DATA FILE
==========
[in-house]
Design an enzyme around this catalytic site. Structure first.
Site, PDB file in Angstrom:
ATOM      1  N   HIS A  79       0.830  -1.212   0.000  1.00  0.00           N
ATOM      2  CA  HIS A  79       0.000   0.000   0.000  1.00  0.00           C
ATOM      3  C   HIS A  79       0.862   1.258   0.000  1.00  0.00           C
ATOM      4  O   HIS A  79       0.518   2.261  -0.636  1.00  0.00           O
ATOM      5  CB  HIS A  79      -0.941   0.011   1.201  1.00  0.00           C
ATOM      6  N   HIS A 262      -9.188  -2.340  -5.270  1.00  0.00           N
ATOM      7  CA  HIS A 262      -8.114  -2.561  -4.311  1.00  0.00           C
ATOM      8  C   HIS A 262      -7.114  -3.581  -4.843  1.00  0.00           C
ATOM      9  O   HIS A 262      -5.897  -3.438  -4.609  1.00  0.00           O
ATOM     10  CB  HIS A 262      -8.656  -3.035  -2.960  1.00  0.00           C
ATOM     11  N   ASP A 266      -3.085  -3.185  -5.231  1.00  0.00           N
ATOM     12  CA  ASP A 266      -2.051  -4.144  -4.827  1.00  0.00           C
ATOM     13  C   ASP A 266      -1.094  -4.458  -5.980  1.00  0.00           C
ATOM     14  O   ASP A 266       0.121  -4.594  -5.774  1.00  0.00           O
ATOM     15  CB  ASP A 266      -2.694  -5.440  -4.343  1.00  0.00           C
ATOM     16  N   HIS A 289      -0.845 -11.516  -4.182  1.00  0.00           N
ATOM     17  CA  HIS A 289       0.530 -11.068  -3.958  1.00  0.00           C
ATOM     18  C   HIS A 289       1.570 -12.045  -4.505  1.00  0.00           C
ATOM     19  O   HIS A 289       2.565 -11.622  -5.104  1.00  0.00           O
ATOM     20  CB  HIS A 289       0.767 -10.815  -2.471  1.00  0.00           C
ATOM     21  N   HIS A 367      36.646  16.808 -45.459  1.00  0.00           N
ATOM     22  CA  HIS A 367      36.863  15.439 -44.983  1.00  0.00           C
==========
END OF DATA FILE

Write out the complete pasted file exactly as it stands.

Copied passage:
[in-house]
Design an enzyme around this catalytic site. Structure first.
Site, PDB file in Angstrom:
ATOM      1  N   HIS A  79       0.830  -1.212   0.000  1.00  0.00           N
ATOM      2  CA  HIS A  79       0.000   0.000   0.000  1.00  0.00           C
ATOM      3  C   HIS A  79       0.862   1.258   0.000  1.00  0.00           C
ATOM      4  O   HIS A  79       0.518   2.261  -0.636  1.00  0.00           O
ATOM      5  CB  HIS A  79      -0.941   0.011   1.201  1.00  0.00           C
ATOM      6  N   HIS A 262      -9.188  -2.340  -5.270  1.00  0.00           N
ATOM      7  CA  HIS A 262      -8.114  -2.561  -4.311  1.00  0.00           C
ATOM      8  C   HIS A 262      -7.114  -3.581  -4.843  1.00  0.00           C
ATOM      9  O   HIS A 262      -5.897  -3.438  -4.609  1.00  0.00           O
ATOM     10  CB  HIS A 262      -8.656  -3.035  -2.960  1.00  0.00           C
ATOM     11  N   ASP A 266      -3.085  -3.185  -5.231  1.00  0.00           N
ATOM     12  CA  ASP A 266      -2.051  -4.144  -4.827  1.00  0.00           C
ATOM     13  C   ASP A 266      -1.094  -4.458  -5.980  1.00  0.00           C
ATOM     14  O   ASP A 266       0.121  -4.594  -5.774  1.00  0.00           O
ATOM     15  CB  ASP A 266      -2.694  -5.440  -4.343  1.00  0.00           C
ATOM     16  N   HIS A 289      -0.845 -11.516  -4.182  1.00  0.00           N
ATOM     17  CA  HIS A 289       0.530 -11.068  -3.958  1.00  0.00           C
ATOM     18  C   HIS A 289       1.570 -12.045  -4.505  1.00  0.00           C
ATOM     19  O   HIS A 289       2.565 -11.622  -5.104  1.00  0.00           O
ATOM     20  CB  HIS A 289       0.767 -10.815  -2.471  1.00  0.00           C
ATOM     21  N   HIS A 367      36.646  16.808 -45.459  1.00  0.00           N
ATOM     22  CA  HIS A 367      36.863  15.439 -44.983  1.00  0.00           C